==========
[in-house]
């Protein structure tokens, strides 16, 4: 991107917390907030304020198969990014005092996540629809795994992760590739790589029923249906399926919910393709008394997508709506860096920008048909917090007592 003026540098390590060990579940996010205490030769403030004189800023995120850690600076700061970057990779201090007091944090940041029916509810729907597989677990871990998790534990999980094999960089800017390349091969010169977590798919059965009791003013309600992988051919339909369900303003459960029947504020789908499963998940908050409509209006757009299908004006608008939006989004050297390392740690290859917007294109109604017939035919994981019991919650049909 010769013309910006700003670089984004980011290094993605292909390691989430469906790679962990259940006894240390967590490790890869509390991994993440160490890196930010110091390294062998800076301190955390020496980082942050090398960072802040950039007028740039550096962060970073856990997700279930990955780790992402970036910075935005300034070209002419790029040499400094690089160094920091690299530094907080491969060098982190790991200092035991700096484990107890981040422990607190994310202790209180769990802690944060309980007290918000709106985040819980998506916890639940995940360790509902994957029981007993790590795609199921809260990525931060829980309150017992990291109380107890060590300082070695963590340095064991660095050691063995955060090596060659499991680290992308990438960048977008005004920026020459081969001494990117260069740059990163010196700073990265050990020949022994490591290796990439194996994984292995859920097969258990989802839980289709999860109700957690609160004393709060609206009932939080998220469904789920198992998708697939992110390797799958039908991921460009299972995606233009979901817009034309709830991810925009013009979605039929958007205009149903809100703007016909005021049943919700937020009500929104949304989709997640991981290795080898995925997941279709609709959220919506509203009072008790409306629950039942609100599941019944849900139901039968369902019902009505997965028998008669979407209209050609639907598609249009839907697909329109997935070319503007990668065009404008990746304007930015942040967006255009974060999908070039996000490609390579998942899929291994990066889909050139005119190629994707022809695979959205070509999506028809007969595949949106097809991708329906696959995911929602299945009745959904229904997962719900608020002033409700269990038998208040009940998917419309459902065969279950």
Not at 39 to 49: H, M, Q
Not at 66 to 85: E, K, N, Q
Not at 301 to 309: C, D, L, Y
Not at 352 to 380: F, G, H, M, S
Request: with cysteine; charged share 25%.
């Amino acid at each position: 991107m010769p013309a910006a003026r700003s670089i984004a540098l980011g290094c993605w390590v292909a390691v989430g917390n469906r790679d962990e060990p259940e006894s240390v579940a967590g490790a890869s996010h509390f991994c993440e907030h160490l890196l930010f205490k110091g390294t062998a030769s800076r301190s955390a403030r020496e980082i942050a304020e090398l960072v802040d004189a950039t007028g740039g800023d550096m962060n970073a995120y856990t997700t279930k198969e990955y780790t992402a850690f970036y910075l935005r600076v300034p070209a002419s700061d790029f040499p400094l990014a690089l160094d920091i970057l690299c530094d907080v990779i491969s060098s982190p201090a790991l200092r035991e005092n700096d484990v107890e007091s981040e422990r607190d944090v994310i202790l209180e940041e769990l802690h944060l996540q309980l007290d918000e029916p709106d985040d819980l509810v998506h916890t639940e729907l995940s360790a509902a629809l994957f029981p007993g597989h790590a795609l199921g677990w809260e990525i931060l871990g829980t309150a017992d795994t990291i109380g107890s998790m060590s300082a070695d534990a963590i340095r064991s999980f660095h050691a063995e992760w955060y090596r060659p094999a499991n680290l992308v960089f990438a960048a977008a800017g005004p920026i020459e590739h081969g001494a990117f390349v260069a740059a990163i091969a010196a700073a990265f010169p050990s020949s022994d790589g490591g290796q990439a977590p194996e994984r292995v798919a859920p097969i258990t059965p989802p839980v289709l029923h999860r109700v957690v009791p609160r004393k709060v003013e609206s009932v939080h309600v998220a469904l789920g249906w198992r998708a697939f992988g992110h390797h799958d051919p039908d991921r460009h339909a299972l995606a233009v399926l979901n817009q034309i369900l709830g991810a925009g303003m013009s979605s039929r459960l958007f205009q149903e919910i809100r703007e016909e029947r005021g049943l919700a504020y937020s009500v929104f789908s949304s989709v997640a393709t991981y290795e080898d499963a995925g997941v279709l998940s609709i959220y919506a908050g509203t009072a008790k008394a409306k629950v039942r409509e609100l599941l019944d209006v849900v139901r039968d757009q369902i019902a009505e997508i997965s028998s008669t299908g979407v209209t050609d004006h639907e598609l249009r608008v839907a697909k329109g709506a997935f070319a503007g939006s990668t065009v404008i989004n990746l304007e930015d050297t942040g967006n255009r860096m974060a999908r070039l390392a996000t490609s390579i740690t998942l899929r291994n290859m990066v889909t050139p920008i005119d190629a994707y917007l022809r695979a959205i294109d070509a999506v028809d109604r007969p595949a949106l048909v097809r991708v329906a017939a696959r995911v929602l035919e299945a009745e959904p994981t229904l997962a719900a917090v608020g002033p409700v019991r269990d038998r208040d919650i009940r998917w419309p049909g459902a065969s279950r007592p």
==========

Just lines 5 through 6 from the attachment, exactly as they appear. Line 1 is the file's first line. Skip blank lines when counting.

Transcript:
Not at 301 to 309: C, D, L, Y
Not at 352 to 380: F, G, H, M, S